Training

Tips On How Your Shy Or Fearful Dog Can Interact With People And Other Dogs

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Are you the fur parent of a shy and fearful dog? Usual identifiers of shy behavior in dogs include shaking, cowering, urinating, low-pulled back ears and whimpering. 

Extremely shy dogs may respond fearfully or even violently if placed in an unfamiliar situation. Because of this, your dog might even limit their physical activity and miss out on meeting new pals and engaging in typical dog behaviors. Things can get worse if you hold off on helping them boost their confidence.

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Most often, a dog’s fear is the result of a genetic predisposition or a lack of exposure to what frightens them. It will take time and patience on your part to help a shy or fearful dog gain confidence; there is no quick remedy for this. 

Tip 1 Interacting With People

Tip 1: Interacting With People

Putting your dog in a stressful situation will delay the progress. Give your dog some time to build confidence and trust. Allow them to get familiar with people. When on a walk and someone wants to get close to your dog, tell them to not approach and wait for the dog to be the one who approaches the person. It’s more likely for dogs to approach people safely when they adjust on their own. Reduce the distance between you and the other person by tossing rewards. Toss treats one at a time while squatting down. This enables your dog to approach people at their own pace and receive a reward simultaneously. Keep your distance until they take a treat from your hand.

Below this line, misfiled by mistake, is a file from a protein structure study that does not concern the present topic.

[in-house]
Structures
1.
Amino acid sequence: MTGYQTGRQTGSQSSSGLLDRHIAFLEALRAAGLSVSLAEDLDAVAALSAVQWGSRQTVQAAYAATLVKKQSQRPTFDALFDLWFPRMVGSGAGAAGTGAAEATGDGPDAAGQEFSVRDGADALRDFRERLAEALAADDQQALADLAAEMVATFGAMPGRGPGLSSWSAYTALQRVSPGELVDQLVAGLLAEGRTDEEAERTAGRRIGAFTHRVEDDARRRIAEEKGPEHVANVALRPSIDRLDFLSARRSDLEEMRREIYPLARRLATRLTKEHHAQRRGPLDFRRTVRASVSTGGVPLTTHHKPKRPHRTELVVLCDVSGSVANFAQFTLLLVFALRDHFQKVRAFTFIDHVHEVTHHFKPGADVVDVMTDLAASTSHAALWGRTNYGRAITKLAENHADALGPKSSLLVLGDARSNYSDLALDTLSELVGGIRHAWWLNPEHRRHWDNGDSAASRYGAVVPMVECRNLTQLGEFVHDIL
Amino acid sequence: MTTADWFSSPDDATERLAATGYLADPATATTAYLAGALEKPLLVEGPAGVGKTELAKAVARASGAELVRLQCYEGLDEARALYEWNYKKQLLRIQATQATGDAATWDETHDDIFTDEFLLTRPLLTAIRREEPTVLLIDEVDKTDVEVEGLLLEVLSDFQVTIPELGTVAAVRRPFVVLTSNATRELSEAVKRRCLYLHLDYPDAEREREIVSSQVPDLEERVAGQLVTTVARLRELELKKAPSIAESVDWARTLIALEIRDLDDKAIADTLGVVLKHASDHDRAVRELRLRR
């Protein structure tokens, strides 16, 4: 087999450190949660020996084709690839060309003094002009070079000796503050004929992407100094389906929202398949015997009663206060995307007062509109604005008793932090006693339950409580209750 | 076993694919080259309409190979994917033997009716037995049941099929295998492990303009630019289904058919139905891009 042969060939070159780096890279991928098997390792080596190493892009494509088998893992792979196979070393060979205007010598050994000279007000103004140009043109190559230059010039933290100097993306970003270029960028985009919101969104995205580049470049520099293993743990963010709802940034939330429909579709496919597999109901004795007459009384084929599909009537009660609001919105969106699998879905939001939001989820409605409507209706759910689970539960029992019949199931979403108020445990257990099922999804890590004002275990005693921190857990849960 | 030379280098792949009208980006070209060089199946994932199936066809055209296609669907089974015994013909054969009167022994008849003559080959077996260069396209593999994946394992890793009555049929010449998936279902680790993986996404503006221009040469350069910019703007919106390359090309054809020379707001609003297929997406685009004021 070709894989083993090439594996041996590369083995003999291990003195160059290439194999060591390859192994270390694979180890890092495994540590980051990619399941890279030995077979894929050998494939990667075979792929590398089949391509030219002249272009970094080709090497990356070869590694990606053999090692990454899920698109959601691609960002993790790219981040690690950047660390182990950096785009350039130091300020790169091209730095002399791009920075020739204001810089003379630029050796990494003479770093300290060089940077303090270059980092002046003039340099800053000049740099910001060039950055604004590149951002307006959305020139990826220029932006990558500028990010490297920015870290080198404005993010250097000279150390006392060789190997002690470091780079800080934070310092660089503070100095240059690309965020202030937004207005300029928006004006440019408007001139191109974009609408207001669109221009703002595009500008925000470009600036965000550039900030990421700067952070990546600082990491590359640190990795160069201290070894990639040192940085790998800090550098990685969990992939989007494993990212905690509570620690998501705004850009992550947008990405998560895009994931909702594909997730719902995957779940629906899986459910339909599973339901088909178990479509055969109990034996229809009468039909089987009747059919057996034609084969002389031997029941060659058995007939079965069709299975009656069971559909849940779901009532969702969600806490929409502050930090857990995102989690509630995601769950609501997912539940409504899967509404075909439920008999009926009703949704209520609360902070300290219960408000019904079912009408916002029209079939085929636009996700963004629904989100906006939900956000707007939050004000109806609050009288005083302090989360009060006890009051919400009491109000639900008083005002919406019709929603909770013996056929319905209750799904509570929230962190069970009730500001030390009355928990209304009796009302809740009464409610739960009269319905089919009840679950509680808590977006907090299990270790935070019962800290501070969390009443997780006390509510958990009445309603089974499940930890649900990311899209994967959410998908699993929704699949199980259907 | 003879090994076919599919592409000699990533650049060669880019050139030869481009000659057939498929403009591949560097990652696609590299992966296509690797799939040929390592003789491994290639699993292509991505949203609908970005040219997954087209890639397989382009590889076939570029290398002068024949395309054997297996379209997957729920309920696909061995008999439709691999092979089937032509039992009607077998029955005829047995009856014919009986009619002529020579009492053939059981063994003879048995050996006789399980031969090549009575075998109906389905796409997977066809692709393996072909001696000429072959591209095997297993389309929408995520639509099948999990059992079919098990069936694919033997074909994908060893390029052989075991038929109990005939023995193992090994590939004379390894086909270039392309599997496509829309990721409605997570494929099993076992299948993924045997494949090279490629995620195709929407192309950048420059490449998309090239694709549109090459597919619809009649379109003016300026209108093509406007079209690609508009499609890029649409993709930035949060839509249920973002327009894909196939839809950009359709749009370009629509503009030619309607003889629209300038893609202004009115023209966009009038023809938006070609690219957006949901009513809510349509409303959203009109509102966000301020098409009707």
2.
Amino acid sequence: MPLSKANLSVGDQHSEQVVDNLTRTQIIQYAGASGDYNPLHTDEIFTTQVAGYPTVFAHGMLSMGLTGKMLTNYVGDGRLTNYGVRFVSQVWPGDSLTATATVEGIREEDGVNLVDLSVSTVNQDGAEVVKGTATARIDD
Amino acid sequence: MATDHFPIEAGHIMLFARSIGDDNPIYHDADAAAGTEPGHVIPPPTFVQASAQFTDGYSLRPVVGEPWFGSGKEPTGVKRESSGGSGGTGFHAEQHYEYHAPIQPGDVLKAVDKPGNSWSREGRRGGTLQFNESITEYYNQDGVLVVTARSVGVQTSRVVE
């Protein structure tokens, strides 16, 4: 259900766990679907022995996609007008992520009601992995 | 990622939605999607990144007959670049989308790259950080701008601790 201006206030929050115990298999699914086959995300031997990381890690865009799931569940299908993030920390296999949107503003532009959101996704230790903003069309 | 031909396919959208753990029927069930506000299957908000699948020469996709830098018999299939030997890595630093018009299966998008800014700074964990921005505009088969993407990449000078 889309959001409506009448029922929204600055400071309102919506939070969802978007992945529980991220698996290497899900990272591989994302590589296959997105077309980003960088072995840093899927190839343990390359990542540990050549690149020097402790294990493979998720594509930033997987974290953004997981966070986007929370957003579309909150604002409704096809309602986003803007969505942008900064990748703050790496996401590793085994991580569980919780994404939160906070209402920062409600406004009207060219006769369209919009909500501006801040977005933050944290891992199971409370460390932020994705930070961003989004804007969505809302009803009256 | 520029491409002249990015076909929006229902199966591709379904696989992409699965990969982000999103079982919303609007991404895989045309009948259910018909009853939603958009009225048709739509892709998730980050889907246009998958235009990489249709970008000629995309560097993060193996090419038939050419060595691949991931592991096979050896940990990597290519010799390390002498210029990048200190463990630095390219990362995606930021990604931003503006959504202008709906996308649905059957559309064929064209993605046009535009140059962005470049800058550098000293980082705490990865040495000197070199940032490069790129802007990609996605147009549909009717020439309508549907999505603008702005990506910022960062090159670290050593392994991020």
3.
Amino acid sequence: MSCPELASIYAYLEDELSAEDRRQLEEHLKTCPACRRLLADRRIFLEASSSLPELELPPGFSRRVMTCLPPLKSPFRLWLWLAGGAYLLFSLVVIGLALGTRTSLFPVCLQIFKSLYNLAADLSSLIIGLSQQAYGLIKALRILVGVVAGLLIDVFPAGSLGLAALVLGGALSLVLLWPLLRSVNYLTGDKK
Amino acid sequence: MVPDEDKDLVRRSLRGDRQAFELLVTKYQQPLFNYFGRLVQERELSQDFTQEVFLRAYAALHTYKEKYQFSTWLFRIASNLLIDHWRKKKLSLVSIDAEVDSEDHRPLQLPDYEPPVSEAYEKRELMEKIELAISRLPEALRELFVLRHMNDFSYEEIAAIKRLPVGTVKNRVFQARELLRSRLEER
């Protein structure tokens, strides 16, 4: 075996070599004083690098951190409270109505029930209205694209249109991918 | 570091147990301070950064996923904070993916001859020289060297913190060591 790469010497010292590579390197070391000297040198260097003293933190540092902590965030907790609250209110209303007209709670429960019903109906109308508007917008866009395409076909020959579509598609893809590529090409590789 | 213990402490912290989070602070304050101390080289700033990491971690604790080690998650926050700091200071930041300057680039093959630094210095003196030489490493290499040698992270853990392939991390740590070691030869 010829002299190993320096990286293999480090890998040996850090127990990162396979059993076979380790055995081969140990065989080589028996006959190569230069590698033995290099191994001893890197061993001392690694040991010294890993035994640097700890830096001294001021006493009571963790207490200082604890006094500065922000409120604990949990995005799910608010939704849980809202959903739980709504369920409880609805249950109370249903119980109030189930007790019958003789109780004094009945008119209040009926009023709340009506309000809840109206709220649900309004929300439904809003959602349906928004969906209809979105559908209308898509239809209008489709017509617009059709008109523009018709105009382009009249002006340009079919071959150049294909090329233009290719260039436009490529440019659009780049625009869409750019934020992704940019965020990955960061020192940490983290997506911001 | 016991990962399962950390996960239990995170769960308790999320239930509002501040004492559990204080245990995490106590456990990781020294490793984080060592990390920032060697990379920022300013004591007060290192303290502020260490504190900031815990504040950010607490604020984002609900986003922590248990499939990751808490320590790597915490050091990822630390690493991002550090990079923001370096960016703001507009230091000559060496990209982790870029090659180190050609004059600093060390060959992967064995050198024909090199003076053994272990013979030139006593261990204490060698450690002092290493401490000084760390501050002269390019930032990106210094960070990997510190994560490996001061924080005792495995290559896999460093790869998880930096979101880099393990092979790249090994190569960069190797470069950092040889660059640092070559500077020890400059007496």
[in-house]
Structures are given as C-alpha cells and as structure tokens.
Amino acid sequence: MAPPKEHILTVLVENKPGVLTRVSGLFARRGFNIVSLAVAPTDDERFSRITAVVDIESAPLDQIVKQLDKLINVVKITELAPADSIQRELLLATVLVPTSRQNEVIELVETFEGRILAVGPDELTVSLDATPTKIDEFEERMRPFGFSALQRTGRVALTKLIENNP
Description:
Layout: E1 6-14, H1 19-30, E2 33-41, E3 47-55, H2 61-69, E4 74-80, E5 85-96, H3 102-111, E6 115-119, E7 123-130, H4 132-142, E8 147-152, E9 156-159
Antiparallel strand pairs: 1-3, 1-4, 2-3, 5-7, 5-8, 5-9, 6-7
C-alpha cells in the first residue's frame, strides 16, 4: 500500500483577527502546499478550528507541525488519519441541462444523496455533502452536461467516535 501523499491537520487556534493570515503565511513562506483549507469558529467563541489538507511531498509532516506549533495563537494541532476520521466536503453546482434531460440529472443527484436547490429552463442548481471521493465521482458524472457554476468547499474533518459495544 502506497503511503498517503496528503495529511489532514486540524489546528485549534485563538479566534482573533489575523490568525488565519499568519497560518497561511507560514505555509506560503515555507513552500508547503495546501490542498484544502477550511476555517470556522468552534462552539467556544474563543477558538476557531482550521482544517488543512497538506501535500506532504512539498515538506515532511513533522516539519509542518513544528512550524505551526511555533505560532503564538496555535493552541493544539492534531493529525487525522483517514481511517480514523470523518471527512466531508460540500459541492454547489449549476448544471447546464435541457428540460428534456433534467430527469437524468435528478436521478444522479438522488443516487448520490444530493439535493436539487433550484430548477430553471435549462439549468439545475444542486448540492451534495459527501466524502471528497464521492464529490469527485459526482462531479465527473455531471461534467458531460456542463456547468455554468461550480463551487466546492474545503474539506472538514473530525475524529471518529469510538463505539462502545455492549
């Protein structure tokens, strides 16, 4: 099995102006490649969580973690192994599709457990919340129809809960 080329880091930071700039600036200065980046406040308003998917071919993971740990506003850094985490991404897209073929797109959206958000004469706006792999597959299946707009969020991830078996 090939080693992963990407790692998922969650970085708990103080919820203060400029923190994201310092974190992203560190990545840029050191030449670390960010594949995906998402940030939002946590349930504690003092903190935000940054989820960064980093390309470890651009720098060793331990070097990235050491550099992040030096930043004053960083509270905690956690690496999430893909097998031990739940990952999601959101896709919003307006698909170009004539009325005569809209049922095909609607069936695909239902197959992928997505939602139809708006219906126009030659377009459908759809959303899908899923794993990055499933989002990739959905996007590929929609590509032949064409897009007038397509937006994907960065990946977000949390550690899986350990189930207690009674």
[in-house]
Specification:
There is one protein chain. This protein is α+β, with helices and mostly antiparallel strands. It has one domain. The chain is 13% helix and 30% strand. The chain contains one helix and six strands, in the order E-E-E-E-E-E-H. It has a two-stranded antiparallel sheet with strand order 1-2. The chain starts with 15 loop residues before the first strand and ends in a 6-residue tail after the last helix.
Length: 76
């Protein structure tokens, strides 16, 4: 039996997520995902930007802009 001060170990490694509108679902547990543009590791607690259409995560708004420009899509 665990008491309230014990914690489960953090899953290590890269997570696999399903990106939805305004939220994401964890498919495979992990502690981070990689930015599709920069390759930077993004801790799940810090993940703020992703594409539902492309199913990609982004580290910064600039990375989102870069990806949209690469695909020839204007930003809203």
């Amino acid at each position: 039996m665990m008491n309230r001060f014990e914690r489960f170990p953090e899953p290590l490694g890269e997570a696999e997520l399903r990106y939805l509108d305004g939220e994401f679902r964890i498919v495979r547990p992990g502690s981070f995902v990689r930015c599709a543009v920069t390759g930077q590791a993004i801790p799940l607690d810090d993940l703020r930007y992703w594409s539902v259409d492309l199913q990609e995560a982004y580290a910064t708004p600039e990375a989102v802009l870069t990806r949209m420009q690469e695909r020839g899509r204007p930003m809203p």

Tip 2 Interacting With Other Dogs

Tip 2: Interacting With Other Dogs

Just as you wouldn’t with people, don’t force your dog to engage with other dogs if he is apprehensive about them. On walks, for example, encounters with other dogs can’t always be avoided. Simply move to the opposite side of the road or off the path to give your dog some space. Do not get too discouraged if your dog displays aggressive behavior towards other dogs, such as growling, lunging, or barking. If your dog reacts aggressively, such as barking, lunging, or growling at other dogs, don’t feel too discouraged! You can take classes if you need help from professionals. The training course usually includes hands-on training and putting things into practice until your dog feels comfortable with other dogs. Do take things slowly and work with your dog as they grow more self-confident.

When your dog makes progress, avoid the need to expose them to situations that can make all of your hard work go to nothing. For instance, avoid taking your dog to the dog park where a fight can break out if they used to be terrified of other dogs. Instead, aim for controlled, calm interactions among dogs.

And there you have it! Do you have any tips to add?


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